Make no mistake: the Angels are looking at Friday’s promotion of top prospect Mike Trout to the majors as a short-term fix. The plan is for the 19-year-old to help out this weekend and then return to the minors if the hamstring injury suffered by Peter Bourjos last night proves as minor as hoped.
The only way for Trout to change that is to have the weekend of his life and to convince the Halos that they’re much better off with him than they would be without. Trout possesses that kind of talent; he’s hit .324/.415/.534 as a 19-year-old in Double-A.
Still, it’s going to be a tough sell. Bourjos is the Angels’ lone outfielder not making a boatload of money, and he’s exceeded expectations offensively this season while playing center as well as anyone in the majors. Vernon Wells and Torii Hunter have both been big disappointments, but Wells finally found his stroke last month and it’s hard to imagine the Angels sending Hunter to the bench.
There is one route the Angels could go, but it’d be a big risk: they could release Bobby Abreu. Abreu is getting on base 40-percent of the time as the team’s primary DH, but he has just three homers and 35 RBI in 85 games. Of course, he’s been more productive than Wells or Hunter, but unlike those two, he has no defensive value at all.
Still, the real reason for the Angels to consider releasing him is that he’s 74 plate appearances away from having his $9 million option for next season vest.
If the Angels did cut him, they’d most likely face a grievance and it’s possible they’d end up paying him that $9 million anyway.
Plus, Abreu still has value, even if he’s not worth $9 million per year anymore.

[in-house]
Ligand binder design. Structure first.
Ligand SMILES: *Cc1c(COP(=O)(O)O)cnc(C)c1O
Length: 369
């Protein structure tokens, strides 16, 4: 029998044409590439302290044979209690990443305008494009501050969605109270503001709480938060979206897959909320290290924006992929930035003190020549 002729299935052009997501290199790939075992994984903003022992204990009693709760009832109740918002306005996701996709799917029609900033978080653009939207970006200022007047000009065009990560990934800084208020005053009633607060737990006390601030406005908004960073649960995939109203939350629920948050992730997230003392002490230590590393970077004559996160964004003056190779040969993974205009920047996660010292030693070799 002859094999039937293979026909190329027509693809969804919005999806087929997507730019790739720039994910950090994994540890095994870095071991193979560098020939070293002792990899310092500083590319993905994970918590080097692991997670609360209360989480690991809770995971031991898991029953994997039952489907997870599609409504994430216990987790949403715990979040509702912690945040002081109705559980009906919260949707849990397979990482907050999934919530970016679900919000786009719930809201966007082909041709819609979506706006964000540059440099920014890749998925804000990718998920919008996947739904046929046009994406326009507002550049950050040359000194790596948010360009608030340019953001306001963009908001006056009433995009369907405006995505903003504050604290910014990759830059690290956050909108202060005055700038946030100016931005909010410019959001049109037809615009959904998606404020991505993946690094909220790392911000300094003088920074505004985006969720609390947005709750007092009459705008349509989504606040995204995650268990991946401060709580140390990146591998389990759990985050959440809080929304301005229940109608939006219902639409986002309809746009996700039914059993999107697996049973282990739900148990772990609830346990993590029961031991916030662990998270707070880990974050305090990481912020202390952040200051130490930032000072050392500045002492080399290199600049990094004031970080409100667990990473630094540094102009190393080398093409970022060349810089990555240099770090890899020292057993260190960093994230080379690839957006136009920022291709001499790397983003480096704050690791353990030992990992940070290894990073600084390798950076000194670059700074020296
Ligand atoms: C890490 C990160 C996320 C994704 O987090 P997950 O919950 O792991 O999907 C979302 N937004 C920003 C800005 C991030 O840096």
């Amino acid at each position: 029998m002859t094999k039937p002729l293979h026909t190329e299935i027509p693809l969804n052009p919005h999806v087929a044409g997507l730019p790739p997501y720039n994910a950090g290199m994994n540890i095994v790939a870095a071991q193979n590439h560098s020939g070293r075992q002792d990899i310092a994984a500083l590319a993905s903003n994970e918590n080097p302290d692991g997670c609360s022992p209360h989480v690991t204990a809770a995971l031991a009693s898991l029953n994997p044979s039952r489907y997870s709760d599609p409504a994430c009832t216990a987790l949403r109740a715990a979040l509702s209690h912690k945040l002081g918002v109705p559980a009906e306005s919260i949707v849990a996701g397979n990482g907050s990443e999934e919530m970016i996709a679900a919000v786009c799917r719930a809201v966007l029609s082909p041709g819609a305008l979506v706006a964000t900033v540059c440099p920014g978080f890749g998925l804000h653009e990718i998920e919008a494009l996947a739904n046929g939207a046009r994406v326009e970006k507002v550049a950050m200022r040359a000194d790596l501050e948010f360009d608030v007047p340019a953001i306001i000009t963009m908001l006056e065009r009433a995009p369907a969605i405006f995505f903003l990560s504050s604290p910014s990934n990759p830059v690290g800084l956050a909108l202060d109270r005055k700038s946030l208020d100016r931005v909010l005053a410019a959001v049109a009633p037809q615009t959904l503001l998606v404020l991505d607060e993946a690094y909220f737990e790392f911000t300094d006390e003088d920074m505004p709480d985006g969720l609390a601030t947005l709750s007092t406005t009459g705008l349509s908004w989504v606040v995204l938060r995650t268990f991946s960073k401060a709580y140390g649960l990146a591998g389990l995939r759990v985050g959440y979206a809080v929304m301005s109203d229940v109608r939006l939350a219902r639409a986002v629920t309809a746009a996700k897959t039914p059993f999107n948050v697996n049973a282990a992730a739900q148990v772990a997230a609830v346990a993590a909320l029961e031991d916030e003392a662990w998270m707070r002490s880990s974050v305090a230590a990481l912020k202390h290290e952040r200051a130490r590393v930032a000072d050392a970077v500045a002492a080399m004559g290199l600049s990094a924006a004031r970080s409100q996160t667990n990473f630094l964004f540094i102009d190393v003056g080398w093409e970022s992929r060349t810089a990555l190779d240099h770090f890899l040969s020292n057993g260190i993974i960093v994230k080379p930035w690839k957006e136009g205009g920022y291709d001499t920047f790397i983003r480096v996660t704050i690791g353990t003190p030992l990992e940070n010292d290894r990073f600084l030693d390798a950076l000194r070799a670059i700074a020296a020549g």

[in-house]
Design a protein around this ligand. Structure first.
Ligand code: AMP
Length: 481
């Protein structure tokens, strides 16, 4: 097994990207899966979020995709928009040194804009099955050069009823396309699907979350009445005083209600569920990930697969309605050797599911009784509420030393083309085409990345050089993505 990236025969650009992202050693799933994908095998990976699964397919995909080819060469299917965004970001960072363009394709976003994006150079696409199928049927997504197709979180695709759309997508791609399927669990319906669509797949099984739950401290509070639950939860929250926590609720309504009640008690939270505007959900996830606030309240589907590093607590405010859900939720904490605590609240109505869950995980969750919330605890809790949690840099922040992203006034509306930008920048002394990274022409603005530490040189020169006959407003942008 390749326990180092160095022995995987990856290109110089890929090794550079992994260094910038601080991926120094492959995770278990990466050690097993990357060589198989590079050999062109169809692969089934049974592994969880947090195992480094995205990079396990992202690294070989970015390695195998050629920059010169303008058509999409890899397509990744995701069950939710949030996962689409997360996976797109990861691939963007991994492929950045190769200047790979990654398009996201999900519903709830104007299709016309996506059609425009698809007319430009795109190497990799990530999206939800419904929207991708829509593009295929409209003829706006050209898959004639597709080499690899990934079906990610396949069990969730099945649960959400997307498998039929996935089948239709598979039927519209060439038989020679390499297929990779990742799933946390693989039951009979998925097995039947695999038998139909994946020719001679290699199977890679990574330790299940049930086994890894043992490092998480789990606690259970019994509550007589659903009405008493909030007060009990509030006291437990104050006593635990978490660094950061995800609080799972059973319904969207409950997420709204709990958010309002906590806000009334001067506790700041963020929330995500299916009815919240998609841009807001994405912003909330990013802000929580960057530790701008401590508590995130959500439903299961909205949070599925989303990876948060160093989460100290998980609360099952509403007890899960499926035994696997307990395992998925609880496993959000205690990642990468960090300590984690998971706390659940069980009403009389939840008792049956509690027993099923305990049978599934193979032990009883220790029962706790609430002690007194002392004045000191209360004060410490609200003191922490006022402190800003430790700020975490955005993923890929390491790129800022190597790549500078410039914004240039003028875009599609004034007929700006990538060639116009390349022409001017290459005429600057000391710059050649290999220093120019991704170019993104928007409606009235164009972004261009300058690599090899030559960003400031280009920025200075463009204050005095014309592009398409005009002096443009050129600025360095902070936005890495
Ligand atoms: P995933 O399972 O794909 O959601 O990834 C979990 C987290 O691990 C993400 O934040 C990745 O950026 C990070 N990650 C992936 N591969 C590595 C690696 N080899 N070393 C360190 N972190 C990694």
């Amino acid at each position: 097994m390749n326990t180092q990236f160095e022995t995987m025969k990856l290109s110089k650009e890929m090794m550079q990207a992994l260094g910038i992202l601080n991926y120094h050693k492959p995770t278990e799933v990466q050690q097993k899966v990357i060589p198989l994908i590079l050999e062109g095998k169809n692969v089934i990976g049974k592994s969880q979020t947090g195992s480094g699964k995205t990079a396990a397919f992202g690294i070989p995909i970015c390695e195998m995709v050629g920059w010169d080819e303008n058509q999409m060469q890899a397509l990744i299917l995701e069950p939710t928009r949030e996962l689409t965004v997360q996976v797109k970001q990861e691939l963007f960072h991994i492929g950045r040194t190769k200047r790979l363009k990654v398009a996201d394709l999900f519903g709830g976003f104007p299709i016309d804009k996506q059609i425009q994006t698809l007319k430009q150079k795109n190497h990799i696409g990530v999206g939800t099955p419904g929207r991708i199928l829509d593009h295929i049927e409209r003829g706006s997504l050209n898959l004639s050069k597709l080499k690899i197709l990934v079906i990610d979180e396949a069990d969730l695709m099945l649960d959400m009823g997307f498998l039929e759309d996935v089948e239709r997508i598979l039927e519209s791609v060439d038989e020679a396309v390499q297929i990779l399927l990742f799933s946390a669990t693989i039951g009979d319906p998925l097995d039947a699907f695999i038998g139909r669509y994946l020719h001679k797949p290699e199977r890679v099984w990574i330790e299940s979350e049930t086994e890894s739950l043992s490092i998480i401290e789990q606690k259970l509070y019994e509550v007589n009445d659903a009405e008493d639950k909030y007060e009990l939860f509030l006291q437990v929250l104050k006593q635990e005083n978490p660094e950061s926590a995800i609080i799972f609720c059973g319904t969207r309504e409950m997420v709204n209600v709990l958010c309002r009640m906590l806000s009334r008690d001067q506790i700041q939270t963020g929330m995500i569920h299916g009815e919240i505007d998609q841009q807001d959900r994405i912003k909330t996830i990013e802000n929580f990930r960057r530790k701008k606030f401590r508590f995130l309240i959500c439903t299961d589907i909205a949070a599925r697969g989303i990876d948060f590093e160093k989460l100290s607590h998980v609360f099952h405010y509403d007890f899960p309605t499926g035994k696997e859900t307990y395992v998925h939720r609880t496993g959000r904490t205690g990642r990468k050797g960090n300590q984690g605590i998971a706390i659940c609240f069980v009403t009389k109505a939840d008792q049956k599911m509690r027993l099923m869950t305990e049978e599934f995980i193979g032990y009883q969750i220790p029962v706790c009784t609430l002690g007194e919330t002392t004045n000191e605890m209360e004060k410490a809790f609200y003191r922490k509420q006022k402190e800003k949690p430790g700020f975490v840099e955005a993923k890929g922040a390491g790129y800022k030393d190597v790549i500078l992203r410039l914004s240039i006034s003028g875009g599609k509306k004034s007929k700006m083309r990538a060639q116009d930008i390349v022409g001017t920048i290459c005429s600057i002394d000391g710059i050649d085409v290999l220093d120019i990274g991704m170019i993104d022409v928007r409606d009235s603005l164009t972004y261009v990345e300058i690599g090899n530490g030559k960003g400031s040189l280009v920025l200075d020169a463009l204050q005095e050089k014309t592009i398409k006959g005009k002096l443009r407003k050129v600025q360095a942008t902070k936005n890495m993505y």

So, Abreu will likely stick and Trout will probably head back to the minors next week and stay there until Sept. 1 or one of the aforementioned players lands on the DL.
But it would be fun to see him force the issue.
When you promote a player from the minors, the first and foremost consideration is whether or not he can help your ball club. But, assuming that’s taken care of, teams should really, really make it a priority to call up dudes with cool sounding names because it makes life more interesting for the rest of us.
The Pirates are doing that. The other night Dovydas Neverauskas made his big league debut. In addition to being the first Lithuanian born-and-raised player in major league history, it’s a solid, solid name. Now the Pirates are making another promotion: Gift Ngoepe.
Yep, Gift Ngoepe. He’s an infielder from South Africa, making the leap to the bigs due to David Freese‘s hamstring injury. Ngoepe, 27, was batting just .241/.308/.379 through 66 plate appearances this season with Triple-A Indianapolis, his ninth in the minors, so he’s not exactly a prospect. But man, that’s a killer name.
It’s also worth mentioning that Gift and Neverauskas were arrested together in a bar fight last August in Toledo, so there is already a good basis for some bonding here.
Good luck, Gift. Gift Ngoepe. Mr. Ngoepe. G-Ngo. Man, I could do this all day.
The Rays beat the Orioles last night, but the play of the game belonged to an Oriole defender.
Evan Longoria was batting and he chopped a ball foul down the third base line. At least it started out foul. As we all know, however, it doesn’t matter where the ball starts, it matters where it is when it crosses the bag.
Manny Machado knows this and didn’t give up on the ball despite it starting several feet in foul territory. He watched it come back, stayed with it and threw out Longoria who, unlike Machado, did give up on it, assuming he’d merely get a strike and another hack. Watch:
Longoria would get Machado back, however, fielding a ball Machado smoked to third base in the ninth inning, recording the second to last out of the game.